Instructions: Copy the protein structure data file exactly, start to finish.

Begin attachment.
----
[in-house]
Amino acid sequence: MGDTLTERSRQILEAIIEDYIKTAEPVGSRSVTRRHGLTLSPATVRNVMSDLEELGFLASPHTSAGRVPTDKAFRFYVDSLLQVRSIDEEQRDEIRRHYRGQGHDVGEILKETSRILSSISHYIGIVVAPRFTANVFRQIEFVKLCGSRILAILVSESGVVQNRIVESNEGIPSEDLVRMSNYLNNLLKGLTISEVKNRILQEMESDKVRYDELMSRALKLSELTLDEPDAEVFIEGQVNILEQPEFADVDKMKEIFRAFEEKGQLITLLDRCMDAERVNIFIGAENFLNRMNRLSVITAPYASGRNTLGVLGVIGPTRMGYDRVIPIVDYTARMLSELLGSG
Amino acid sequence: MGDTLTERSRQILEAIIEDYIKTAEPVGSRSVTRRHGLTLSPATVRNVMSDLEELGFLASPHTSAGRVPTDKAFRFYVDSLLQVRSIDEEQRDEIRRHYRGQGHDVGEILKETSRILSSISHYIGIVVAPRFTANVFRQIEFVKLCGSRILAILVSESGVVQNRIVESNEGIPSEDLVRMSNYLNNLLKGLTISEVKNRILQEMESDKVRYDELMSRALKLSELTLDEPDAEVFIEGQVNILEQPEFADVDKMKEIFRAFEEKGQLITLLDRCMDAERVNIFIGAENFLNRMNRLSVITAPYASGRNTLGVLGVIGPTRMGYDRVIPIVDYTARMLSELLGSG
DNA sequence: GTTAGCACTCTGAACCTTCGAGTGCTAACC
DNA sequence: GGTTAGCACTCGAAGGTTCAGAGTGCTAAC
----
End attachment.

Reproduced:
[in-house]
Amino acid sequence: MGDTLTERSRQILEAIIEDYIKTAEPVGSRSVTRRHGLTLSPATVRNVMSDLEELGFLASPHTSAGRVPTDKAFRFYVDSLLQVRSIDEEQRDEIRRHYRGQGHDVGEILKETSRILSSISHYIGIVVAPRFTANVFRQIEFVKLCGSRILAILVSESGVVQNRIVESNEGIPSEDLVRMSNYLNNLLKGLTISEVKNRILQEMESDKVRYDELMSRALKLSELTLDEPDAEVFIEGQVNILEQPEFADVDKMKEIFRAFEEKGQLITLLDRCMDAERVNIFIGAENFLNRMNRLSVITAPYASGRNTLGVLGVIGPTRMGYDRVIPIVDYTARMLSELLGSG
Amino acid sequence: MGDTLTERSRQILEAIIEDYIKTAEPVGSRSVTRRHGLTLSPATVRNVMSDLEELGFLASPHTSAGRVPTDKAFRFYVDSLLQVRSIDEEQRDEIRRHYRGQGHDVGEILKETSRILSSISHYIGIVVAPRFTANVFRQIEFVKLCGSRILAILVSESGVVQNRIVESNEGIPSEDLVRMSNYLNNLLKGLTISEVKNRILQEMESDKVRYDELMSRALKLSELTLDEPDAEVFIEGQVNILEQPEFADVDKMKEIFRAFEEKGQLITLLDRCMDAERVNIFIGAENFLNRMNRLSVITAPYASGRNTLGVLGVIGPTRMGYDRVIPIVDYTARMLSELLGSG
DNA sequence: GTTAGCACTCTGAACCTTCGAGTGCTAACC
DNA sequence: GGTTAGCACTCGAAGGTTCAGAGTGCTAAC